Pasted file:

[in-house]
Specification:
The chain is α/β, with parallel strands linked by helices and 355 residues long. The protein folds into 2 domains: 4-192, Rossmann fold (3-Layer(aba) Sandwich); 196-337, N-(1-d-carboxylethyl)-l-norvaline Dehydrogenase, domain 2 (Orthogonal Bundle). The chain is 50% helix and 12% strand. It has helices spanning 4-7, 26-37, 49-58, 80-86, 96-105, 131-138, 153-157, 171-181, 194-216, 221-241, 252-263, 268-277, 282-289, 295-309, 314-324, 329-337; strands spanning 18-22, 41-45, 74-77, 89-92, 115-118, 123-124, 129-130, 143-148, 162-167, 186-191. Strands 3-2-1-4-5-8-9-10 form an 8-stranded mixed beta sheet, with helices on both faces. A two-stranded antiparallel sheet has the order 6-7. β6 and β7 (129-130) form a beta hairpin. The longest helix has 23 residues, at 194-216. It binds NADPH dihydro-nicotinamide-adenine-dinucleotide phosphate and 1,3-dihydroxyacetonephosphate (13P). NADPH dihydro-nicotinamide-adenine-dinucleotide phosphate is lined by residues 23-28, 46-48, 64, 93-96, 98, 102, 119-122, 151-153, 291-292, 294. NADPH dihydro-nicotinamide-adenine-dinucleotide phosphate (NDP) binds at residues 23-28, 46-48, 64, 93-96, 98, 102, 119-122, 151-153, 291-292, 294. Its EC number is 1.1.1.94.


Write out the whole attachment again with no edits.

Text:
[in-house]
Specification:
The chain is α/β, with parallel strands linked by helices and 355 residues long. The protein folds into 2 domains: 4-192, Rossmann fold (3-Layer(aba) Sandwich); 196-337, N-(1-d-carboxylethyl)-l-norvaline Dehydrogenase, domain 2 (Orthogonal Bundle). The chain is 50% helix and 12% strand. It has helices spanning 4-7, 26-37, 49-58, 80-86, 96-105, 131-138, 153-157, 171-181, 194-216, 221-241, 252-263, 268-277, 282-289, 295-309, 314-324, 329-337; strands spanning 18-22, 41-45, 74-77, 89-92, 115-118, 123-124, 129-130, 143-148, 162-167, 186-191. Strands 3-2-1-4-5-8-9-10 form an 8-stranded mixed beta sheet, with helices on both faces. A two-stranded antiparallel sheet has the order 6-7. β6 and β7 (129-130) form a beta hairpin. The longest helix has 23 residues, at 194-216. It binds NADPH dihydro-nicotinamide-adenine-dinucleotide phosphate and 1,3-dihydroxyacetonephosphate (13P). NADPH dihydro-nicotinamide-adenine-dinucleotide phosphate is lined by residues 23-28, 46-48, 64, 93-96, 98, 102, 119-122, 151-153, 291-292, 294. NADPH dihydro-nicotinamide-adenine-dinucleotide phosphate (NDP) binds at residues 23-28, 46-48, 64, 93-96, 98, 102, 119-122, 151-153, 291-292, 294. Its EC number is 1.1.1.94.